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What are executive functions?

What are executive functions?

Executive functions are a set of skills that allow us to live independently and do our daily activities. They can be thought of as a co-ordinator, whose job is to manage of all other cognitive functions (such as language, memory, attention) so that you can complete tasks properly. Executive function skills help you to:

  • plan
  • multitask
  • prioritise
  • control impulses
  • filter out distractions
  • and other things

Executive functions take a long time to develop. They do not develop fully until people are in their early 20s.

It is often in secondary school that people experience the biggest demands on their executive skills. Young people have to start navigating around bigger schools, getting to lessons in different classrooms, managing multiple assignments, remembering homework and P.E. kits, and so on.

Types of executive function


Planning is the ability to:

  • identify the steps needed to reach a goal and complete a task
  • work out what is important to focus on and what can be ignored.


Organisation is the ability to:

  • find ways to keep track of information and tasks (such as lists)
  • sort information (such as grouping things together, and categorising them)

Time management

Time management is underpinned by an understanding that time is important. It is the ability to:

  • work out how much time is available
  • estimate how long a task will take to complete
  • stay within this time allocation when completing the task

Working memory

Working memory is the ability to:

  • hold multiple pieces of information in mind while completing tasks. This may include recalling past learning experiences and applying these to the current situation.


Metacognition is a bit like observing yourself complete tasks and giving an evaluation or commentary. It is the ability to:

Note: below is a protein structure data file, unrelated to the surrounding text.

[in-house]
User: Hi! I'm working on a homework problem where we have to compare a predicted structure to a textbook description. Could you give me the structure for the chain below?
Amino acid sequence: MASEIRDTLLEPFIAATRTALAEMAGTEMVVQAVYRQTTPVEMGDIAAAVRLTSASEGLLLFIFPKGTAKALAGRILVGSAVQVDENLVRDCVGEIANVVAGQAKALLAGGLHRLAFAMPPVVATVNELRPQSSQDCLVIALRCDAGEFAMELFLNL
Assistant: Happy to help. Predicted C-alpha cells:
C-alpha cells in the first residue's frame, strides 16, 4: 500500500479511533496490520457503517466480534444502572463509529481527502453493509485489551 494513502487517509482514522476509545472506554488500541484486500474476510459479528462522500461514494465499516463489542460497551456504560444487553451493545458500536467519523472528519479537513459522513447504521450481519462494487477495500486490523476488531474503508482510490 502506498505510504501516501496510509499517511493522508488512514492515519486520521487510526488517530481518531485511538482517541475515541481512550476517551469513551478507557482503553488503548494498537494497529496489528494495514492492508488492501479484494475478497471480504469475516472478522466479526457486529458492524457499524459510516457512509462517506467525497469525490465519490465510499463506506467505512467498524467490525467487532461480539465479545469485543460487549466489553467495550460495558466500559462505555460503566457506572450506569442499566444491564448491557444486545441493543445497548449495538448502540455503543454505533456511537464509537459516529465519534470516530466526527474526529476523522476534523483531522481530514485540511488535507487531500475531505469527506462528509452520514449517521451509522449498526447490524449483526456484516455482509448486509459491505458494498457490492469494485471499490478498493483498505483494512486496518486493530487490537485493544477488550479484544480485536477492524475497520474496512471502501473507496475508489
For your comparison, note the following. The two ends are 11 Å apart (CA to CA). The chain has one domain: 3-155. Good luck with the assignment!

• think about your problem solving
  • monitor your performance
  • evaluate your work


Inhibition is the ability to:

  • think before you act so you can fully understand and evaluate the situation. This helps you to think about how to respond in an appropriate way.

Emotional control

Emotional control is the ability to:

  • keep your emotions in check to be able to achieve goals or complete a task.

Attention and persistence

Attention and persistence is the ability to:

  • stay focused in the face of distractions, tiredness, or disinterest.
  • keep working towards an end goal, even when there are other demands.

Task initiation

Task initiation is the ability to:

  • start a task in a timely manner, for example not ‘putting something off’.


Flexibility is the ability to:

  • change and revise plans.
  • think differently about something and not get stuck in a particular way of doing it.
  • use feedback or new information to make a revised plan.

When do we use them?

People use executive functions to help them plan out their time, complete work, and to successfully carry out tasks. These are some examples of when a child uses executive function skills:

  • Planning out the day so that they leave enough time for tasks they need to do, such as tidying, doing homework, with enough time for some playing.
  • They have completed their homework, and then review it to check that they have answered the question and done what they were supposed to do.
  • When they receive feedback on homework, they are able to reflect on their work and understand where they went wrong, and how to improve on this.
  • When they are distracted by their thoughts, they are able to recognise it, stop themselves and return to task.

Do executive functions vary between people?

Yes. All cognitive skills naturally vary between children, and it is the same with executive functioning.

You might find your child is better at some executive skills, but worse at others compared to other children of their age. Children and young people experiencing more global cognitive difficulties (for example an intellectual or learning disability) will have corresponding problems with their executive functioning as a consequence of their lower general ability level.

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Please note: this is a generic information sheet relating to care at Sheffield Children’s NHS FT. These details may not reflect treatment at other hospitals. This information is not intended as a substitute for professional medical care. Always follow your healthcare professionals’ instructions. If this resource relates to medicines, please read it alongside the medicine manufacturer’s patient information leaflet. If this information has been translated into another language from English, efforts have been made to maintain accuracy, but there may still be some translation errors. If you are unsure about any of the guidance in this resource or have specific questions about how it relates to your child, always ask your healthcare professional for further advice.

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